If you are lucky enough to secure funding it’s important to say thank you to your funders which may help you develop a long term relationship.  Read any conditions of grant and find out how the funder wishes to be acknowledged and recognised.

Thank You

There are a number of ways to develop the art of saying thank you and develop relationships with funders:

  • An immediate letter of acknowledgement and thank you is key
  • A telephone thank you by a board member can be useful and effective as it provides them with positive feedback on what they are doing and gives them direct contact with funders
  • Send funders your newsletter and annual report. Lists of funders should be included in your annual report and your website.
  • Solicit feedback from funders so they know you value their opinions. Communicate regularly to build a rapport. Invite them along to events and to meet beneficiaries.

Monitoring and Evaluation

Monitoring and evaluation is important not just for building long-term relationships with your funders, but also for the effectiveness of your organisation. The information you gather can be used to inform future funding bids. Evaluate your efforts and look at your outputs and impacts:

  • How many people have you helped?
  • What impact have you made?
  • How have you changed people’s lives?
  • Have you shifted attitudes?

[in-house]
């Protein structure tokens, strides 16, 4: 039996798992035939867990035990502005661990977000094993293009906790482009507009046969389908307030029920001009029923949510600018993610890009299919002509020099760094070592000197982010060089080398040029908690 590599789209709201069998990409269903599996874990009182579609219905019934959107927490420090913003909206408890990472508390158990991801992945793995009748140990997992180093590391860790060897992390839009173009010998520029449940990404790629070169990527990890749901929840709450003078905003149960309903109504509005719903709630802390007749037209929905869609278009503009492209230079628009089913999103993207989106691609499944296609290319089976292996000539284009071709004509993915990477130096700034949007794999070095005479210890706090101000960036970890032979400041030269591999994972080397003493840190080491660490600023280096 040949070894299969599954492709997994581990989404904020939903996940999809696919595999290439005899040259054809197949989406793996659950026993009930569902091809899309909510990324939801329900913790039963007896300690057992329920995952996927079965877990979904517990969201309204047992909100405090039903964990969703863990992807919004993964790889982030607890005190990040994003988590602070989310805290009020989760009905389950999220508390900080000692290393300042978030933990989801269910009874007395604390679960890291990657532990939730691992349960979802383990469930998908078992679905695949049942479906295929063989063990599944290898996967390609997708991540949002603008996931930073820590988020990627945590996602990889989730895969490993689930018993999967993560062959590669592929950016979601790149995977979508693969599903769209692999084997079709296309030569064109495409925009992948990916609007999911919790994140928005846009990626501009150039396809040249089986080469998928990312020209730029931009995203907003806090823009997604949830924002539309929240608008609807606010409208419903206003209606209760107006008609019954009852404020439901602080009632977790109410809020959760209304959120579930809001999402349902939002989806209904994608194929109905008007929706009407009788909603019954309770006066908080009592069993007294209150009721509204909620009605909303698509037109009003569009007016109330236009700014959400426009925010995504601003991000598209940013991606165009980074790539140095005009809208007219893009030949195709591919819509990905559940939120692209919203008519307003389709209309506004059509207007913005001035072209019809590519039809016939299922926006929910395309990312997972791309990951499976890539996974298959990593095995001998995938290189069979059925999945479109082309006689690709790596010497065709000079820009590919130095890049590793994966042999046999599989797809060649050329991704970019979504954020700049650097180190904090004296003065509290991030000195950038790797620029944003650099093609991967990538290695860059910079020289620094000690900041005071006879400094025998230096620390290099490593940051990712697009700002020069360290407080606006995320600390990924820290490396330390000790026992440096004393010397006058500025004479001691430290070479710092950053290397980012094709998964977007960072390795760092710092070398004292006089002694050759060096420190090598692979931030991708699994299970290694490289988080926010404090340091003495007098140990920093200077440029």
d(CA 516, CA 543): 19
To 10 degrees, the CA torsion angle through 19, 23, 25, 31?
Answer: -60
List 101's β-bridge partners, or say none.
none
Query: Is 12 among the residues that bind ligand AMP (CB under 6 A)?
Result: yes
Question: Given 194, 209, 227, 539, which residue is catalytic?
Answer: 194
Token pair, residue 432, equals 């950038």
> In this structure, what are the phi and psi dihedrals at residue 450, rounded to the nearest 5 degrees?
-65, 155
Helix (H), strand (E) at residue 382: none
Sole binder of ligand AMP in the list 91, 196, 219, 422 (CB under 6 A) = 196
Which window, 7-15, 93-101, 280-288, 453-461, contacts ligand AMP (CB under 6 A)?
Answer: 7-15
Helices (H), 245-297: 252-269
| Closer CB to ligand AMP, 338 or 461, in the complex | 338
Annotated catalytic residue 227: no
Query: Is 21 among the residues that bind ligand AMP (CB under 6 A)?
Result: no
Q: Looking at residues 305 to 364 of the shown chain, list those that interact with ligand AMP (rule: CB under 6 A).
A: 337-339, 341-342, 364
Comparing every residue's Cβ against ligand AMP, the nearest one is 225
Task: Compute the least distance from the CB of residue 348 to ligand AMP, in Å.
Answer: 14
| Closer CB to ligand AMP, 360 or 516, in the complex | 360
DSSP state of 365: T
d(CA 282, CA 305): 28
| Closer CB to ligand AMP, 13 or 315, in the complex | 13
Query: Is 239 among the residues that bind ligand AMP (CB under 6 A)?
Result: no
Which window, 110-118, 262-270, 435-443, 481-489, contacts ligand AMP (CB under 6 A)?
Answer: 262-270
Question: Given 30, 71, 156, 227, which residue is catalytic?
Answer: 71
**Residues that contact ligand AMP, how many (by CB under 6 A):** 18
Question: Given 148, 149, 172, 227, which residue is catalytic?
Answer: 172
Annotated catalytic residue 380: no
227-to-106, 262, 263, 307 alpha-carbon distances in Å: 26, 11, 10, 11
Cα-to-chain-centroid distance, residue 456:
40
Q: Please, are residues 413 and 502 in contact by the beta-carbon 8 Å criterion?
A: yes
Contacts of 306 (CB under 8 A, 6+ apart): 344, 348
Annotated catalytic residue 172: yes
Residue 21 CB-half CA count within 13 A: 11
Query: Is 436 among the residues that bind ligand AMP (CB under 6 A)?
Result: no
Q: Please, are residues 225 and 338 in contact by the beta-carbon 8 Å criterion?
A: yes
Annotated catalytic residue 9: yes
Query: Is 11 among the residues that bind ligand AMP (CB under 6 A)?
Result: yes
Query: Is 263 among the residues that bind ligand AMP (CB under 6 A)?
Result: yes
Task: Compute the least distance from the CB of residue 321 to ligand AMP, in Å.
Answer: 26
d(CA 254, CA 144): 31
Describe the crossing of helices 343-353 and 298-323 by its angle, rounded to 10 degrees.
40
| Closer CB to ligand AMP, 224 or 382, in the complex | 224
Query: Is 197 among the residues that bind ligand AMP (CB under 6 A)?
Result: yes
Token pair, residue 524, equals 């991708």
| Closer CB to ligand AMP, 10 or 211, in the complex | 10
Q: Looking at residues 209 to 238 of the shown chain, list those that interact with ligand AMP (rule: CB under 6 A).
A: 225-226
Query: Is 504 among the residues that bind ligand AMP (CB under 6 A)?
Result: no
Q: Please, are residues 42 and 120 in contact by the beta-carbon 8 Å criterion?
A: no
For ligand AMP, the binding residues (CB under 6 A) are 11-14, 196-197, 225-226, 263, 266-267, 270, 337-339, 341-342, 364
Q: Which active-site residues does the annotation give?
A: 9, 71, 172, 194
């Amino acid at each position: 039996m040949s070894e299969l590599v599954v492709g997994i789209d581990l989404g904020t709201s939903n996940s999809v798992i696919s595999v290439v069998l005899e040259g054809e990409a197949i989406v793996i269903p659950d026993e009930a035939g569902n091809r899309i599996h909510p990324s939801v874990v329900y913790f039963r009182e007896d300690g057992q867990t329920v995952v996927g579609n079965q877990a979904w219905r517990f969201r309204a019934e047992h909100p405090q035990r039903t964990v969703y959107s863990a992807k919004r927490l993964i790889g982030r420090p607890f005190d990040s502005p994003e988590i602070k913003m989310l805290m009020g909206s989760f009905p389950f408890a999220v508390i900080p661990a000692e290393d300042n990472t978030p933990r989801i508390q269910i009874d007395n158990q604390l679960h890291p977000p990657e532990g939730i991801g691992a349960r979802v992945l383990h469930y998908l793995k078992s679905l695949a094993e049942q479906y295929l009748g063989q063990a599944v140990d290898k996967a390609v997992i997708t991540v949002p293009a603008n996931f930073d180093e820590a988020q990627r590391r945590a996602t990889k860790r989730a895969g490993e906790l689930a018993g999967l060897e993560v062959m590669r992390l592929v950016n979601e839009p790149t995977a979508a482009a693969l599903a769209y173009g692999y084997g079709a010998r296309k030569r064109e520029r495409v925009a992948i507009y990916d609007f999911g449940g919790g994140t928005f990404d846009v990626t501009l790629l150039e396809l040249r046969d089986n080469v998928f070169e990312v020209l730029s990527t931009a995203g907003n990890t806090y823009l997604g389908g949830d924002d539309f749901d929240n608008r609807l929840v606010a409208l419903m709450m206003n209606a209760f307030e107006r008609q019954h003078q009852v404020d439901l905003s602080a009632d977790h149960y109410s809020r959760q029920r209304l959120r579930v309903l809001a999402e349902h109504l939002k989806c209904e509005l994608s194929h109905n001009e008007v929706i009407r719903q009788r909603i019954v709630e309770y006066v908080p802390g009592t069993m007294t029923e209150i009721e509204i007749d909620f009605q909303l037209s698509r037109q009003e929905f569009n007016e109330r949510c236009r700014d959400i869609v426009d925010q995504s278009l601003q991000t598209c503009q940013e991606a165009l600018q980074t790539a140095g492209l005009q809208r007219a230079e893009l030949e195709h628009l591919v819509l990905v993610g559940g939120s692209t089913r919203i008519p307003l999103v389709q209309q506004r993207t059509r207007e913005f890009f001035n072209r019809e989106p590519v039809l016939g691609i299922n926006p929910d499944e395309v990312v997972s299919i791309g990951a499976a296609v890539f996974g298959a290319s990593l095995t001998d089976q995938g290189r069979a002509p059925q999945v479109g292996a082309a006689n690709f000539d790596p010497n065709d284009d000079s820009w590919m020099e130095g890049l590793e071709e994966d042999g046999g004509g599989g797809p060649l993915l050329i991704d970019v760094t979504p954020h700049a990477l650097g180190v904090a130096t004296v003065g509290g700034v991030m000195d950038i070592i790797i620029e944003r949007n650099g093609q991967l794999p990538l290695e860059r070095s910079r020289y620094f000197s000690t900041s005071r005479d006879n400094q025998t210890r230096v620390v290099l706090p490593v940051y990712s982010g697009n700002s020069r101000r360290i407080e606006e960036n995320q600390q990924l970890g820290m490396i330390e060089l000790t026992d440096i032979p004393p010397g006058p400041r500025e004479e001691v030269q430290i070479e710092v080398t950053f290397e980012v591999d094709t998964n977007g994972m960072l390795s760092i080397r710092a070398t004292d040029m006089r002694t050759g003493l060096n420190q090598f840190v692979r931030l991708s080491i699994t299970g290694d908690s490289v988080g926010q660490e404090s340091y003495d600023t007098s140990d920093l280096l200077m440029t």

• How has society benefitted from the work?

Don’t just look at the amount of funding raised, look at the time and effort involved, and the possibility of repeating the activity. This will help you measure the process efficiently, control costs, generate more income and supporters, and retain these supporters. Then you can see what does and doesn’t work and develop new and better fundraising techniques. Formal monitoring and evaluation is very important to grant funders, so think about how you will gather this information right from the start of your project. Further support is available from Evaluation Support Scotland and The Big Lottery Fund

Check any specific terms or conditions of the grants are met. If certain aspects of the project haven’t worked, be truthful and transparent and show how you have learned from your mistakes. If you can’t use the money for the purpose it was requested, then notify the funder. You can suggest an alternative use for the donation, or will have to return the money if they don’t agree to this.


When the funding is finished what will happen to the project? If it’s a capital project, how will you maintain it in the future? If you want to continue you’ll have to find other sources of funding or support, and approach them at least 9 months before the project runs out of funds to ensure continuity of funding. Consider if there’s scope for charging fees or ways of earning income from the activity, rather than becoming totally dependent on another grant.

Read our guide to finding other sources of funding.